Later notes refer to training and the determination of the team to bid for county honours. The correspondent also expressed the hope that Screen would include 3 or 4 Taghmon men in their county junior selection.

Before a huge gathering in the district semi-final however, Taghmon succumbed rather tamely to a much more determined Bannow outfit on a score 1-11 to 0-1.


Apart from the athletic sports meetings run under G.A.A. rules from 1902 on, Gaelic Football remained, until 1908, the only Irish game promoted in the parish. In the late Summer and Autumn of that year however, both hurling and handball replaced football and for a short period became the favourite Gaelic pastimes.


Although handball was included as one of the games to be fostered by the G.A.A. in 1884, due to its association with cash stakes and gambling it didn't come under its patronage until the 1920s . Indeed a call was made at a county board meeting in 1909 'to suspend everybody that looks at a game of handball'.

In spite of general antipathy, the game was popular in certain areas of the county. However apart from reference in 1889 to Brown and Furlong playing at Bridgetown, the game was not mentioned in a Taghmon context again until 1908. District notes for that and subsequent years show that villagers had taken up the game and were using every 'dead wall' available to indulge in their pastime. Their activities prompted the notes corespondent to muse:

Now that a revival of the grand old game of our fathers is taking place all over the county, we look to the young men of Taghmon to see that a proper alley is provided so that the fine old game could soon become popular with the youth.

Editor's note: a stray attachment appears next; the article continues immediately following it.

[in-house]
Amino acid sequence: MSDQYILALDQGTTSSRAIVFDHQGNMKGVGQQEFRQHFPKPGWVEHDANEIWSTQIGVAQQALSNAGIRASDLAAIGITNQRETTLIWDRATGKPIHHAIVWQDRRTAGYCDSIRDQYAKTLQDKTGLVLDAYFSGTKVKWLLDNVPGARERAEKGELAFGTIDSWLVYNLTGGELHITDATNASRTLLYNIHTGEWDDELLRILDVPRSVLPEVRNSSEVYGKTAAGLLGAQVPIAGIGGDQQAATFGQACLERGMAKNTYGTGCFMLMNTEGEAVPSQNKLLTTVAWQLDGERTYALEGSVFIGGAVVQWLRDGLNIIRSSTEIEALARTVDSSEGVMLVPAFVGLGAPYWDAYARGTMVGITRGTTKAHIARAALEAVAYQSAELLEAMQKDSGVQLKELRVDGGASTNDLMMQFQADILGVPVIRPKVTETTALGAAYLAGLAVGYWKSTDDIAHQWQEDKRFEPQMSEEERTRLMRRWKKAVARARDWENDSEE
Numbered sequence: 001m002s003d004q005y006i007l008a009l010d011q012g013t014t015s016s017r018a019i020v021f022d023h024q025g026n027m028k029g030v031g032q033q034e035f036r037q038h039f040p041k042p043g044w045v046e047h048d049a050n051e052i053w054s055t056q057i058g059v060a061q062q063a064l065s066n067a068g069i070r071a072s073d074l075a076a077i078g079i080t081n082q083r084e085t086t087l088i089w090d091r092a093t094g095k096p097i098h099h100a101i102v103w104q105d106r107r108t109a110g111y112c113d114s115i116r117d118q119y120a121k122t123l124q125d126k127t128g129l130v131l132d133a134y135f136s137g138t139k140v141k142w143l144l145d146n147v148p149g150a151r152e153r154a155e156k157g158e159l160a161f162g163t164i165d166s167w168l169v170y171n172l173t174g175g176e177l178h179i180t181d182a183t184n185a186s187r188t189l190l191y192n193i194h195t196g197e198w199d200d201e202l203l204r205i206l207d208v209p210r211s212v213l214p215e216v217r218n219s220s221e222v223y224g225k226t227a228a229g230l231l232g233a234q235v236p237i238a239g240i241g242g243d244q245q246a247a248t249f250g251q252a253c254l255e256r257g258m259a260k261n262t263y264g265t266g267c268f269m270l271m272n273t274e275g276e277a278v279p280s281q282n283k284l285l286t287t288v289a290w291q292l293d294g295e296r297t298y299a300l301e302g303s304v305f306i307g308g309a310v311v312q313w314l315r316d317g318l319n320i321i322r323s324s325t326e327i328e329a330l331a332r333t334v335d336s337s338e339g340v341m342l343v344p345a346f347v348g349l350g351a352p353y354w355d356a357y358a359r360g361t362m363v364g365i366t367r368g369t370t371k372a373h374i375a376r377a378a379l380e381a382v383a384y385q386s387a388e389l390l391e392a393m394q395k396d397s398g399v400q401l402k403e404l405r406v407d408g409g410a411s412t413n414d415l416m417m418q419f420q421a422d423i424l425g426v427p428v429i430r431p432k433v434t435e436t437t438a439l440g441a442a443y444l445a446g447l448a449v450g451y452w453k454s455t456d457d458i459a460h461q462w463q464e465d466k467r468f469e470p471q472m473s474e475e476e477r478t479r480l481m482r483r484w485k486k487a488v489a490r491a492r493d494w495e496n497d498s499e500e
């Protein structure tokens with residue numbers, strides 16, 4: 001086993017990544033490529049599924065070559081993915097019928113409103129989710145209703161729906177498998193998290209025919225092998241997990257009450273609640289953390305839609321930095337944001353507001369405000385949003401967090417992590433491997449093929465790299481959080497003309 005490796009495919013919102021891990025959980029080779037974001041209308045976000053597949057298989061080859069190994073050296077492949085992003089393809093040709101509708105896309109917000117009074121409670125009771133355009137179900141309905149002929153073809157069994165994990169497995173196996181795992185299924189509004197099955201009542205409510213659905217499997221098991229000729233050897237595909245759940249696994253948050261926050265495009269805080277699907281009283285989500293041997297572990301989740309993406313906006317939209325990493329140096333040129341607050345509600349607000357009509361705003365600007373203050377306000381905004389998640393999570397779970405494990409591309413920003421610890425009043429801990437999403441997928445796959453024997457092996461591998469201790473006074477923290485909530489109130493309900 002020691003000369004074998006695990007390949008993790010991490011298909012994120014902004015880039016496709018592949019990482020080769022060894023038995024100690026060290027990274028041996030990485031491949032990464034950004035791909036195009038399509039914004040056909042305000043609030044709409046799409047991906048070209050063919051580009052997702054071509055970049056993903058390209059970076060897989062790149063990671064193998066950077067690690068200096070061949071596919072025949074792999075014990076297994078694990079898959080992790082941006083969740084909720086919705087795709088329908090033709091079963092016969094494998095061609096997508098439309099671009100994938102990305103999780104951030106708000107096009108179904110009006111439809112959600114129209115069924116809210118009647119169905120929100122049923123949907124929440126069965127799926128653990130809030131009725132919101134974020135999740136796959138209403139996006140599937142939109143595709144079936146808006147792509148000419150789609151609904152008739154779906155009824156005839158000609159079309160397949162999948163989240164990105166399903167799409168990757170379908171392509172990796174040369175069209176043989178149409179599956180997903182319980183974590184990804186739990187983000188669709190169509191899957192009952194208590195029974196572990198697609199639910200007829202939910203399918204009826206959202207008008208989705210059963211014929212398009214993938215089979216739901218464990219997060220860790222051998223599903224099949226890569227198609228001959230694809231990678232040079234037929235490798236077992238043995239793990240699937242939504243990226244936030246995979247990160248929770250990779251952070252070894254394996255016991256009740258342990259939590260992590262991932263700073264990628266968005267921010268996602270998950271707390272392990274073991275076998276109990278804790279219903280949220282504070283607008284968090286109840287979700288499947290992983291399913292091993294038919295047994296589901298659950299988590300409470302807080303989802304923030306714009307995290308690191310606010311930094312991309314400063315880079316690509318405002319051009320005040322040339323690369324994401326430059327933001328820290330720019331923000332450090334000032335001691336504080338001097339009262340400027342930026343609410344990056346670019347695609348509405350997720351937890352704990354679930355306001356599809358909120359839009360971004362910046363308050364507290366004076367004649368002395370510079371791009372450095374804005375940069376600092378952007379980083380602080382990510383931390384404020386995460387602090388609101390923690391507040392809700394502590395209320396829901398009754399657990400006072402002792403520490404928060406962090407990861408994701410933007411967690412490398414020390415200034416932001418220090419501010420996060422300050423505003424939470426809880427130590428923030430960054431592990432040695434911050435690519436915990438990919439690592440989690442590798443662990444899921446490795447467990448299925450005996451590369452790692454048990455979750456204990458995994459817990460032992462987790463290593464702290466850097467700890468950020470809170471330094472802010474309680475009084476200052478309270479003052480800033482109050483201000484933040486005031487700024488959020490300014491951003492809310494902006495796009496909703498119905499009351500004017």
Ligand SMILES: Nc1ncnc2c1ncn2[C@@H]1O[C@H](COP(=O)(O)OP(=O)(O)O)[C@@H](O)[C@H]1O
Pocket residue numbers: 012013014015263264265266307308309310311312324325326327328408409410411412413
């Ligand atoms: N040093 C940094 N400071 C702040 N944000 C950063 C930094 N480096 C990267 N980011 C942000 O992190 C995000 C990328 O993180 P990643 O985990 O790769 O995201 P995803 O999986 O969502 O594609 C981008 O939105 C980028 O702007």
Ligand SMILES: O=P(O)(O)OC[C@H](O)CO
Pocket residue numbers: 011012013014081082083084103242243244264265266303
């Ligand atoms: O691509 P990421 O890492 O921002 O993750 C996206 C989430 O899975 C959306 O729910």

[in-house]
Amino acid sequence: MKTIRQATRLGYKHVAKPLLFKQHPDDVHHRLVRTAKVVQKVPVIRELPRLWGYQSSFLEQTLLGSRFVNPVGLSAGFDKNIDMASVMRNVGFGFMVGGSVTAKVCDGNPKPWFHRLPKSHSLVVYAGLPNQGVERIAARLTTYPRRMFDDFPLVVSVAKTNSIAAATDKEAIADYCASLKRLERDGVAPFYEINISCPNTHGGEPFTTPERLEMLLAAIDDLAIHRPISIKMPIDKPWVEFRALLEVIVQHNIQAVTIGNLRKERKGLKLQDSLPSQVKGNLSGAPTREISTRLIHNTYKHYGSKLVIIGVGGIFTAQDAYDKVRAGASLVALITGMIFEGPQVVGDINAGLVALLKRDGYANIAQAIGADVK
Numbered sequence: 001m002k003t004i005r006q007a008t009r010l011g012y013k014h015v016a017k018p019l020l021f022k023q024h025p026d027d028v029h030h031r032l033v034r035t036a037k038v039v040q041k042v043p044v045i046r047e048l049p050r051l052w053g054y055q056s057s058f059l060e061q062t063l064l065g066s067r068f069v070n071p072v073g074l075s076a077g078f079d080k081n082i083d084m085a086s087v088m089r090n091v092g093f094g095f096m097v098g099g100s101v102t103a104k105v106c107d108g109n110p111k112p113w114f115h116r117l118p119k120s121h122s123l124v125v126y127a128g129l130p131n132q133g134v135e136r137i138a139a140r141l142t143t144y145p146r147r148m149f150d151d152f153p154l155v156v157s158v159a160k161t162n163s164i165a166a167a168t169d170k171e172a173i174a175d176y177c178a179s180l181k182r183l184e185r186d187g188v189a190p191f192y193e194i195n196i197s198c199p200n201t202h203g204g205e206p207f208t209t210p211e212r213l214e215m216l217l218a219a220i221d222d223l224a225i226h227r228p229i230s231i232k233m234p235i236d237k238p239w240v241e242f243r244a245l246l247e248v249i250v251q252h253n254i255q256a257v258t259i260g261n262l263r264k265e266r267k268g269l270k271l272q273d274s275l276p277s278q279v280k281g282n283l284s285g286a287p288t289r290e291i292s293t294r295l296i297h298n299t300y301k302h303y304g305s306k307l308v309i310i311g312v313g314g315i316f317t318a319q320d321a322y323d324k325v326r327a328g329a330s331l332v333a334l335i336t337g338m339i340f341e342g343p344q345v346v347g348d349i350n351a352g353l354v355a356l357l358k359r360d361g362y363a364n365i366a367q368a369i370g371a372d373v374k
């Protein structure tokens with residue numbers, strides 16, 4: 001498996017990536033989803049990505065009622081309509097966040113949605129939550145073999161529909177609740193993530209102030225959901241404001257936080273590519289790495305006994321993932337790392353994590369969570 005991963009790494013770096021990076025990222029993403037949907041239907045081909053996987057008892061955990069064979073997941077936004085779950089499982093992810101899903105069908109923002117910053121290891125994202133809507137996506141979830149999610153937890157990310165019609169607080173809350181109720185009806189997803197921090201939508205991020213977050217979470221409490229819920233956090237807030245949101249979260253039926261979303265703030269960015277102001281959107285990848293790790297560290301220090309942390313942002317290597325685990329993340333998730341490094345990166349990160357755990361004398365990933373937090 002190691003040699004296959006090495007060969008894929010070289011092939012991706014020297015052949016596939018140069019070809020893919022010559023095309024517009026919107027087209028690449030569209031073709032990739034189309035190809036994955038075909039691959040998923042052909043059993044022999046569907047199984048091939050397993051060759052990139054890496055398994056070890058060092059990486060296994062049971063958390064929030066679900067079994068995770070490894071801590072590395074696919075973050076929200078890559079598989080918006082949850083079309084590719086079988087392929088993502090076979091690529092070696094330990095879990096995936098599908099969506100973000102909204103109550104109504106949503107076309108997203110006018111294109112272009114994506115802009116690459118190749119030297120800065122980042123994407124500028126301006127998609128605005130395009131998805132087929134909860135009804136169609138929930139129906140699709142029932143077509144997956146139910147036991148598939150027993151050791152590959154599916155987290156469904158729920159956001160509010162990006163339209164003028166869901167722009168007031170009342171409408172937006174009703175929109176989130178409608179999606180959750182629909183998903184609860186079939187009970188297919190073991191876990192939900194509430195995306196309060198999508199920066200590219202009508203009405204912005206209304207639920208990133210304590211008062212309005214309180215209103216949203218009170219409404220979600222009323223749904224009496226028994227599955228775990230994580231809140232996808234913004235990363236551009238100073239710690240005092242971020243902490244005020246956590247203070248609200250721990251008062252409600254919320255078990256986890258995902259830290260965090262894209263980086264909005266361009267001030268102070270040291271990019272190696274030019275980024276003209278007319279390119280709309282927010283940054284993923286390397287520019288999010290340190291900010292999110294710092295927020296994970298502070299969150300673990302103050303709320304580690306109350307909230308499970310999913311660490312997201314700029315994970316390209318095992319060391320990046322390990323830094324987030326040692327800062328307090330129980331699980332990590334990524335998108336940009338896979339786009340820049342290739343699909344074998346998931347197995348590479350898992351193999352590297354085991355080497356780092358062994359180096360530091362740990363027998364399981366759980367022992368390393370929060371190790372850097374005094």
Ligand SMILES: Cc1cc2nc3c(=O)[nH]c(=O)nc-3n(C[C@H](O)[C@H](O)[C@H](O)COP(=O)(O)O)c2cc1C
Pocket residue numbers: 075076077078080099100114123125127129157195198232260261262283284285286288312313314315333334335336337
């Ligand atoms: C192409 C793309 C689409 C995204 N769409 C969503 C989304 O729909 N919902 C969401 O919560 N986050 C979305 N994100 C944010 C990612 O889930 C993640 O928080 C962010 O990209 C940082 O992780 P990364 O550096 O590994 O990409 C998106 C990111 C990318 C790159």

This call was repeated during the following years and while several sites were considered suitable, nothing happened until 1913. In July of that year it was reported that work had begun on a new Ball Alley at Trinity and that half of the money required for its completion had been collected. The alley described 'as a handsome building' was finished in June, 1914 and among the first to use its facilities were locals J. Codd and T. Fitzhenry, Bob Doyle and John Roche of Tracystown as well as J. Furlong and T. Doyle.


'The American Invasion' team gave an exhibition of hurling at Crosstown in 1888 and fixture lists show that apart from Glynn only 'over the water' teams at the time embraced hurling to any degree. In 1908 however, hurling became very fashionable and in common with many districts west of the Slaney, Camross under the captaincy of Edward O'Gorman, formed a club around September. They played their first game against near neighbours Doononey in November in a match described as 'utterly lacking in science', and lost 1-7 to 0-3. A lack of science was hardly surprising considering O'Gorman's description in later years of how certain players pulled bushes and boughs from hedgerows and ditches and fashioned make shift hurleys as they walked to play their games .